Do I really need to write another introductory paragraph on the Battlefront II loot box controversy? If you’re reading this, you’ve probably already seen one of a billion different pieces on the storm around this game, which hasn’t died down even after EA removed microtransaction purchases from the title.
If you need a refresher, here’s everything wrong with the Battlefront II progression system.
Gamers haven’t calmed down partly because EA have every intention of returning microtransactions into the game – we just don’t yet know what form they’ll take. That’s something EA CFO Blake Jorgensen reaffirmed at today’s Credit Suisse 21st Annual Technology, Media & Telecom Conference, according to GamesIndustry.biz.
“We’re not giving up on the notion of MTX,” says Jorgensen. “We’re learning and listening to the community in terms of how best to roll that out in the future, and there’s more to come as we learn more. But I would say we’re certainly not changing our strategy.”
A big part of why Battlefront II has taken an even greater beating than other microtransaction-driven games is because its items affect gameplay. Titles like Overwatch have seen far more success with cosmetic items that affect the look of your characters. But Jorgensen says that wouldn’t work for Star Wars.
“If you did a bunch of cosmetic things, you might start to violate the canon. Darth Vader in white probably doesn’t make sense, versus in black. Not to mention you probably don’t want Darth Vader in pink. No offense to pink, but I don’t think that’s right in the canon.”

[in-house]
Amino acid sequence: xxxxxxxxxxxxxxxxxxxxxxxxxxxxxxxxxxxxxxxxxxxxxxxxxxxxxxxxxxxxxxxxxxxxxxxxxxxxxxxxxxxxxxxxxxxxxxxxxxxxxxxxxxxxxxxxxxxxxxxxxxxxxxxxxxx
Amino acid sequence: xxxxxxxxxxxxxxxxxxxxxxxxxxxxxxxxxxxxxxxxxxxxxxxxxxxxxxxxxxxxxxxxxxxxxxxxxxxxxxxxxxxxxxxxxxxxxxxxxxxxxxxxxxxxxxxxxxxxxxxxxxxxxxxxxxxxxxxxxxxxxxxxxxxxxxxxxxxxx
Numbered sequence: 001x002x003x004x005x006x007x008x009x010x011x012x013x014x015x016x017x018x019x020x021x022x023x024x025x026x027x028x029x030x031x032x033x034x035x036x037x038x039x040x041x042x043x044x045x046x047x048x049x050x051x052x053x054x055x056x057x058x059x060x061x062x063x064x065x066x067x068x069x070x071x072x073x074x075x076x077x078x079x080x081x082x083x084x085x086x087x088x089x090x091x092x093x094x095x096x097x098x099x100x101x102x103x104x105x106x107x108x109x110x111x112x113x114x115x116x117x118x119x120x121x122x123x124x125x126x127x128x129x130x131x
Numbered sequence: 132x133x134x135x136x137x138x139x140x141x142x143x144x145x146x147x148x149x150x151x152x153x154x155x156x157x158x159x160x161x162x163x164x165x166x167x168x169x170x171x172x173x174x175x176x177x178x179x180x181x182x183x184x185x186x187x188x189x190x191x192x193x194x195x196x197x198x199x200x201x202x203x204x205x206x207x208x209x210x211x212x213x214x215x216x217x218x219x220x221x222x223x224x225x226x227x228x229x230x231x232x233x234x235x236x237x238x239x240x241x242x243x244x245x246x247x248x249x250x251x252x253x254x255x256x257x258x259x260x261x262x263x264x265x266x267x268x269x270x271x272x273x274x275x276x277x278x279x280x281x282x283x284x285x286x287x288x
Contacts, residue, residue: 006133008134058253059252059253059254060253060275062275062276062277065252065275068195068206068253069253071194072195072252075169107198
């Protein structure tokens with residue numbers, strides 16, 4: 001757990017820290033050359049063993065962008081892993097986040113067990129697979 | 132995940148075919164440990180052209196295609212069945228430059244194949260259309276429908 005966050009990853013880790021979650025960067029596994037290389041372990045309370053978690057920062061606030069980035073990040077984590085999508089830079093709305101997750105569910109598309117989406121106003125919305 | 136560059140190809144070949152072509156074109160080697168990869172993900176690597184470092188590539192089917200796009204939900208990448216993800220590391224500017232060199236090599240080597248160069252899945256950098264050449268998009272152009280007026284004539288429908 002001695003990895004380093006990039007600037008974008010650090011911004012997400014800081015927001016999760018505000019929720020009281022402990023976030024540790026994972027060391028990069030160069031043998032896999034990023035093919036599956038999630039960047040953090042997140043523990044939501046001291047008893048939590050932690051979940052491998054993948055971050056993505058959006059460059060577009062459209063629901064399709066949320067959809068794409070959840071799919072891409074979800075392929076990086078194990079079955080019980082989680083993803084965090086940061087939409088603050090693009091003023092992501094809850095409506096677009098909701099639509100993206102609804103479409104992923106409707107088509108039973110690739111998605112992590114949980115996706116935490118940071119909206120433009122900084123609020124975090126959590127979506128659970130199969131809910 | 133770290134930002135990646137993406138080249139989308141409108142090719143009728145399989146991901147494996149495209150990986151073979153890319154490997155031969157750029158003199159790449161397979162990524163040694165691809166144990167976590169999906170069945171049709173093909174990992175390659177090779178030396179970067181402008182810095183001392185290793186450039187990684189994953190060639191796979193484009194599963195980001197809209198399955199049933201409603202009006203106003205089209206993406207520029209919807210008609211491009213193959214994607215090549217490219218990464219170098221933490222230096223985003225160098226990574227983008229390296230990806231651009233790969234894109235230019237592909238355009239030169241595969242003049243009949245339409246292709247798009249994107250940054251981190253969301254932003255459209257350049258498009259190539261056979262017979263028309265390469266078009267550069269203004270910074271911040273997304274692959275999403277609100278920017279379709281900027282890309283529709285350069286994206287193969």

Regardless of how you feel about pink Darth Vader, it’s easy to imagine this as more of a Lucasfilm directive than one that comes from EA or DICE, especially considering a cosmetic-driven mode is reported to have been cut from the game at the behest of the Star Wars brandmasters. A dataminer going by Uninspired Zebra has even dug up a hidden character customisation menu in the game.
CNBC report that EA’s stock value has been affected by the controversy, with an 8.5% month-to-date drop compared to the S&P 500’s 2% gain. In the same period, Take-Two and Activision Blizzard – both companies with big microtransaction revenues – grew 5% and 0.7% respectively. The drop in EA’s share values translates to a $3 billion loss, but that number seems more significant than it actually is according to analyst Daniel Ahmad.
For context. The last time it was this low was…….. July 2017……. so….. nothing to see here. pic.twitter.com/kroiYIqoeD
— Daniel Ahmad (@ZhugeEX) November 28, 2017
That’s not to say the loss in value has no effect, but whether EA’s direction in the future will change depends on far more than a single bad day on Wall Street.